Undoubtedly 2010 has been the year of the mega crisis, which as the Guardian’s City editor, Richard Wachman recently commented [when talking about BP’s reaction to the Gulf of Mexico oil spill] provide ‘a textbook example of how not to do things and will be studied by students of PR for years to come’.
Not suprisingly, the PR advice from Wachman is to be high profile and apologise. If only life was that simple – after all, we’ve decades of case study advice plus thousands of online comments to ensure we know “how not to do things”, without the examples of BP, Toyota, Tiger Woods, the governments of Haiti and Chile – and many more to guide us.
I’d like to propose a few alternate lessons to be gained from the 2010 year of the mega crisis.
- It is more important to solve a problem than chase tweets. Okay, so BP’s crisis may have been one of the top topics on Twitter this year – with the spoof @bpglobalpr account gaining over 180,000 followers and dominating the social media space. But what really stopped the flow of chat as well as oil, was fixing the problem. Until the PR folk could communicate a reliable solution, clearly and accurately, speculation and media distractions were certain to dominate. This highlights the importance of being able to be open about the nature of a problem and explain the steps being taken to address it – without denial, over-promising or avoiding the ongoing consequences in the meantime.
- Knowing how to solve a problem is not enough. Toyota, like most vehicle manufacturers has established processes for dealing with product recalls. It is an engineering led company which likes to evaluate risk, understand the cause of a situation and execute a remedy according to protocols and procedures. This highlights the dangers of rationale management – since dealing with human reactions to accidents and perceptions of risk means understanding that people are emotional and irrational. A lot of what was written about the Toyota acceleration/brake problem was illogical from a technical perspective – and the risk of accidents was statistically very low. But the company was seen not to care and hence its reputation for reliability and quality has been tarnished. Nevertheless, ensuring that a fix was available and communicating this direct to customers helped prevent ongoing coverage. What was also beneficial for Toyota was having strong relationships with expert automotive media and influencers who could communicate what the organisation was doing and help put the crisis into context.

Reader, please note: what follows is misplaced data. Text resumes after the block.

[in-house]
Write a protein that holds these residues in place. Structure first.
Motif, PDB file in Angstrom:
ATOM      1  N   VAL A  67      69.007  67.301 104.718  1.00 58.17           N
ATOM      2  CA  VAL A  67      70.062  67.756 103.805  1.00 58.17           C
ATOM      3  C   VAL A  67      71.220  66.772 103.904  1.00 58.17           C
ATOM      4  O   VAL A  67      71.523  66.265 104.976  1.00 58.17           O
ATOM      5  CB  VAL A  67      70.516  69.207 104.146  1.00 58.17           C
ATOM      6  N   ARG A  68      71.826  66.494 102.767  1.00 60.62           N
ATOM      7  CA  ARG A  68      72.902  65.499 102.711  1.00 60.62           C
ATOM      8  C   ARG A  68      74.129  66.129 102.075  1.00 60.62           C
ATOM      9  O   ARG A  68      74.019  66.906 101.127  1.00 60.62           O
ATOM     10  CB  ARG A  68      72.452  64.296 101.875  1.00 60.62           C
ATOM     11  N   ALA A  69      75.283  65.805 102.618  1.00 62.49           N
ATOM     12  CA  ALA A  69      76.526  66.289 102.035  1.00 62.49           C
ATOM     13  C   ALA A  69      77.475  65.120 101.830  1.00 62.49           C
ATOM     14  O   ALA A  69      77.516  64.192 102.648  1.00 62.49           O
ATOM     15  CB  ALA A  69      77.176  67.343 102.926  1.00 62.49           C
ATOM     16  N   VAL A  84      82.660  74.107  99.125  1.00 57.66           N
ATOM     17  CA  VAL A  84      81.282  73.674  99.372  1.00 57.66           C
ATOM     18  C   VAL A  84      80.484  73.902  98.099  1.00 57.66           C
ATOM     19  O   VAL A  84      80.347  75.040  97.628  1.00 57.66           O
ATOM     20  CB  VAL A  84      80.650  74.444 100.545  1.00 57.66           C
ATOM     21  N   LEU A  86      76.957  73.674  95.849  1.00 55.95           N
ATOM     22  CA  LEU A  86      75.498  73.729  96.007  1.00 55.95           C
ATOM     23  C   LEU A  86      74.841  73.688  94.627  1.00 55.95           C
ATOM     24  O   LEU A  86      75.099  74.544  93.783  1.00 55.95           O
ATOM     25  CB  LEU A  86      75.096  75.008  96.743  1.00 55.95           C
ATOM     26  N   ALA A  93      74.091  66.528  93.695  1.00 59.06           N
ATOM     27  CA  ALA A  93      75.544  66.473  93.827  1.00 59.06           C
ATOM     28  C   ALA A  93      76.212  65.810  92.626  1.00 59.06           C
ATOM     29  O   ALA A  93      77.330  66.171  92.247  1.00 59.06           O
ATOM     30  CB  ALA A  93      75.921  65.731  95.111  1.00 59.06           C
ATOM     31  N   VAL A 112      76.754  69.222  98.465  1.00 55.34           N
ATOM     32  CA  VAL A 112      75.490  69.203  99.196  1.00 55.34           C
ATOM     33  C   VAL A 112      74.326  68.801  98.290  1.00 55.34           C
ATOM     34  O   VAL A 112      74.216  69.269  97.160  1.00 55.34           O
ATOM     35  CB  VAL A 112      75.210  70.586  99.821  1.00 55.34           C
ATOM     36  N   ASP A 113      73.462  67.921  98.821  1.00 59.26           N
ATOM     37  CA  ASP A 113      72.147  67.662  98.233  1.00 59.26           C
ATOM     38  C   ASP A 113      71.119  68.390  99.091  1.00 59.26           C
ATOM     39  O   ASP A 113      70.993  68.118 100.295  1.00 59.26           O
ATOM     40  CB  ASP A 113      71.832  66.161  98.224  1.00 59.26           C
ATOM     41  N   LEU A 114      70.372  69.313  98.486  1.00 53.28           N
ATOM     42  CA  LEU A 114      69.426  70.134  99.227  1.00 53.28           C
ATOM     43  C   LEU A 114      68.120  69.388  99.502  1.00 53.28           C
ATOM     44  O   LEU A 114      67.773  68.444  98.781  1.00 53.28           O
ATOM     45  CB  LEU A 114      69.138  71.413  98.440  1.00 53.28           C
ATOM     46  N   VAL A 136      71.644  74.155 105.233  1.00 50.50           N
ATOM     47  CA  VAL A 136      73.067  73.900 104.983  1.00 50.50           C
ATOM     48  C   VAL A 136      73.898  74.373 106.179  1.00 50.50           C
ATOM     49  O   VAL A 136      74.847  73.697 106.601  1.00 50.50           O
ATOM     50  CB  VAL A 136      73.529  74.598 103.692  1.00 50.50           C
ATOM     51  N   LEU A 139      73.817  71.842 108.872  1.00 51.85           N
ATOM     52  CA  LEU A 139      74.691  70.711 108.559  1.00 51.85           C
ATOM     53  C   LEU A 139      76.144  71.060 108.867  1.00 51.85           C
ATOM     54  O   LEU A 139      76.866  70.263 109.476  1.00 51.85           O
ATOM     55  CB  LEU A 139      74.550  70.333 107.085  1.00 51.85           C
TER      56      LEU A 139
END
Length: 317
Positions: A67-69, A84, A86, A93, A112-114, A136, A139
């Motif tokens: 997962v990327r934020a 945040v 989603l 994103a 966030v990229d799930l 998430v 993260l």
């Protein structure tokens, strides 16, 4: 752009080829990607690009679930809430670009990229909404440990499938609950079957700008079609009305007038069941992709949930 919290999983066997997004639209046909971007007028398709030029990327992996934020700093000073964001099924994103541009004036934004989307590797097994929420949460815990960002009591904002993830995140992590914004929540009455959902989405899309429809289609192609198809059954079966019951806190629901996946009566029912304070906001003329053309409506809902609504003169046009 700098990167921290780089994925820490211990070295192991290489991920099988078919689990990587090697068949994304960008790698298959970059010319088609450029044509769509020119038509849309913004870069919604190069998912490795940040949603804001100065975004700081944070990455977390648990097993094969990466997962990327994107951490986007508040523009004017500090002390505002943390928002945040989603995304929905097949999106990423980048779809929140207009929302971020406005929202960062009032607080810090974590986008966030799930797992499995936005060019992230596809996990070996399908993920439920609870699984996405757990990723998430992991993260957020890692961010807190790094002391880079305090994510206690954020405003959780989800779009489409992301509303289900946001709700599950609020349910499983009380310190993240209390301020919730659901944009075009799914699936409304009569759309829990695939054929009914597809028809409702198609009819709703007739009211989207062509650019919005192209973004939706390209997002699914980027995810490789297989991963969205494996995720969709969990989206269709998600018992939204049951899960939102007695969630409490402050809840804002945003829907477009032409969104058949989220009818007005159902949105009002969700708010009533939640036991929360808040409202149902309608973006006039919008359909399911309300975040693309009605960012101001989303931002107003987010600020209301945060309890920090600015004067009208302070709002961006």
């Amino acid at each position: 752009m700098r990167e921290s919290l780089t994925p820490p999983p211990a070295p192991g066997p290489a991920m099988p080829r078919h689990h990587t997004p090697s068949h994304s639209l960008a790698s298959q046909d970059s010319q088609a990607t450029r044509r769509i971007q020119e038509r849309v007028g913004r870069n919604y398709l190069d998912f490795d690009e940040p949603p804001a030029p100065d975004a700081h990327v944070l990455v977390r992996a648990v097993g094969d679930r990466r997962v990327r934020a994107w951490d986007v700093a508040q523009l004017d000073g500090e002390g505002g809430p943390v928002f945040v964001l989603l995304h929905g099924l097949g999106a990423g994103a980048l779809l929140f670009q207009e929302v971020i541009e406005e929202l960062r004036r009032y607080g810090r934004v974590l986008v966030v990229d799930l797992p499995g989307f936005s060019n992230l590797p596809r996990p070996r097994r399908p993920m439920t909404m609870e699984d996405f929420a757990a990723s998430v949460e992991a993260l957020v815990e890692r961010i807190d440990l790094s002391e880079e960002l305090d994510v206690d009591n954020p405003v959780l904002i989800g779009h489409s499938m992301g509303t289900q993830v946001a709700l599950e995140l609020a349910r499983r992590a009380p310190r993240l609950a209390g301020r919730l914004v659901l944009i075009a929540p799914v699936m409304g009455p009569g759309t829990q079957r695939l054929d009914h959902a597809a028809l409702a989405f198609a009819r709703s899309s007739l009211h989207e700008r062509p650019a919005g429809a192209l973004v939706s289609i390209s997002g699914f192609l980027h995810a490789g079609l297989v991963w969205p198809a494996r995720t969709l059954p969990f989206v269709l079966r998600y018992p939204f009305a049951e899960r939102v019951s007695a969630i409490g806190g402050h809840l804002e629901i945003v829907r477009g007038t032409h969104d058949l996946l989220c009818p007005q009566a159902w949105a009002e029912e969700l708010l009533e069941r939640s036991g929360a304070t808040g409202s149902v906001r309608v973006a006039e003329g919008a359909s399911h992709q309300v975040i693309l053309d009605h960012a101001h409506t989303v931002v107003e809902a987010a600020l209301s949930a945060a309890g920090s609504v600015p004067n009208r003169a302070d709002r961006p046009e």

- The person in charge is not always the best spokesperson. There was only one person responsible for Tiger Woods’ woes in 2010 and that was Tiger Woods. Although I’m not convinced this was really a public relations crisis (as opposed to a private one between Tiger, his wife and his sponsors), calls for Tiger to speak up revealed that he is not really the best person to convey his contrition. The public and the media didn’t really get the type of soul-baring that is expected as part of the modern apologia recipe. Tiger just doesn’t have the pizzazz or the personality for the Oprah sofa of redemption. Similarly Toyota President Akio Toyoda and BP’s former CEO Tony Hayward were the wrong choice, particularly for the US public and media. Traditional PR advice is that the man at the top should be seen to take charge – but this ignores the fact that some people do not have the required skills or that there may be cultural issues affecting their credibility. Having a top team with the right person for the right time in any crisis is surely better for corporate responses. In the case of Tiger – I still maintain keeping quiet was going to be his best option.